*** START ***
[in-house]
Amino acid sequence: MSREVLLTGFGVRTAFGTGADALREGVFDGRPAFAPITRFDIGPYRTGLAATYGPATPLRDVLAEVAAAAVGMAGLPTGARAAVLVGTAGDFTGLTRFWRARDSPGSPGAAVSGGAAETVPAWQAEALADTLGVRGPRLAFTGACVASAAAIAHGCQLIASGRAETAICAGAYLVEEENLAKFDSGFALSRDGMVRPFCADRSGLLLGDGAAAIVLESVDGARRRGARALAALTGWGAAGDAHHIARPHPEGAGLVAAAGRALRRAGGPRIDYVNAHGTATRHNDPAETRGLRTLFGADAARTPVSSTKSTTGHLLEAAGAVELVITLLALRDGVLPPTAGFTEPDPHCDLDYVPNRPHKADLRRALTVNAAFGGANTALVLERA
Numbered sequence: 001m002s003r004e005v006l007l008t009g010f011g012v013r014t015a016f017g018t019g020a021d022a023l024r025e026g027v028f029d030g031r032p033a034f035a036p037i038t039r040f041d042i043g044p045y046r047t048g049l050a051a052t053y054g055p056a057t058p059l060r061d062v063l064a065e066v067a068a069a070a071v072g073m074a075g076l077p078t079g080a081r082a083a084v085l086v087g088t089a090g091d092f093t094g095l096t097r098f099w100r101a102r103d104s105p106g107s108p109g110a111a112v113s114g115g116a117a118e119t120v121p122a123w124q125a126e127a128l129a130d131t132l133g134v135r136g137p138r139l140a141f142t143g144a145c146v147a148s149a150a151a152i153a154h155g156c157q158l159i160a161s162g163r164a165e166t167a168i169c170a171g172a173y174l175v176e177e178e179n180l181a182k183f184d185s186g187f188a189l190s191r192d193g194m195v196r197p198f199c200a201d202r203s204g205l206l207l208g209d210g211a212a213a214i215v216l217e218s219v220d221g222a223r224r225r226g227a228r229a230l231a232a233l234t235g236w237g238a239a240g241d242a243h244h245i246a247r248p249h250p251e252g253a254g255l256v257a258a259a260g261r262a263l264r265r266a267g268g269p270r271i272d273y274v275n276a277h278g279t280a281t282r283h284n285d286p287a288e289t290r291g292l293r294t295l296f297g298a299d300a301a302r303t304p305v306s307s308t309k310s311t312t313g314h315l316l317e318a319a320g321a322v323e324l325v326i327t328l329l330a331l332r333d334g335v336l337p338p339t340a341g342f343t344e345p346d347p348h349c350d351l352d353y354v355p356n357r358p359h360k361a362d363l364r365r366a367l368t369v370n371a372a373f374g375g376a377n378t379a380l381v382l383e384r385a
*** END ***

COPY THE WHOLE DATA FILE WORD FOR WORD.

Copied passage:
[in-house]
Amino acid sequence: MSREVLLTGFGVRTAFGTGADALREGVFDGRPAFAPITRFDIGPYRTGLAATYGPATPLRDVLAEVAAAAVGMAGLPTGARAAVLVGTAGDFTGLTRFWRARDSPGSPGAAVSGGAAETVPAWQAEALADTLGVRGPRLAFTGACVASAAAIAHGCQLIASGRAETAICAGAYLVEEENLAKFDSGFALSRDGMVRPFCADRSGLLLGDGAAAIVLESVDGARRRGARALAALTGWGAAGDAHHIARPHPEGAGLVAAAGRALRRAGGPRIDYVNAHGTATRHNDPAETRGLRTLFGADAARTPVSSTKSTTGHLLEAAGAVELVITLLALRDGVLPPTAGFTEPDPHCDLDYVPNRPHKADLRRALTVNAAFGGANTALVLERA
Numbered sequence: 001m002s003r004e005v006l007l008t009g010f011g012v013r014t015a016f017g018t019g020a021d022a023l024r025e026g027v028f029d030g031r032p033a034f035a036p037i038t039r040f041d042i043g044p045y046r047t048g049l050a051a052t053y054g055p056a057t058p059l060r061d062v063l064a065e066v067a068a069a070a071v072g073m074a075g076l077p078t079g080a081r082a083a084v085l086v087g088t089a090g091d092f093t094g095l096t097r098f099w100r101a102r103d104s105p106g107s108p109g110a111a112v113s114g115g116a117a118e119t120v121p122a123w124q125a126e127a128l129a130d131t132l133g134v135r136g137p138r139l140a141f142t143g144a145c146v147a148s149a150a151a152i153a154h155g156c157q158l159i160a161s162g163r164a165e166t167a168i169c170a171g172a173y174l175v176e177e178e179n180l181a182k183f184d185s186g187f188a189l190s191r192d193g194m195v196r197p198f199c200a201d202r203s204g205l206l207l208g209d210g211a212a213a214i215v216l217e218s219v220d221g222a223r224r225r226g227a228r229a230l231a232a233l234t235g236w237g238a239a240g241d242a243h244h245i246a247r248p249h250p251e252g253a254g255l256v257a258a259a260g261r262a263l264r265r266a267g268g269p270r271i272d273y274v275n276a277h278g279t280a281t282r283h284n285d286p287a288e289t290r291g292l293r294t295l296f297g298a299d300a301a302r303t304p305v306s307s308t309k310s311t312t313g314h315l316l317e318a319a320g321a322v323e324l325v326i327t328l329l330a331l332r333d334g335v336l337p338p339t340a341g342f343t344e345p346d347p348h349c350d351l352d353y354v355p356n357r358p359h360k361a362d363l364r365r366a367l368t369v370n371a372a373f374g375g376a377n378t379a380l381v382l383e384r385a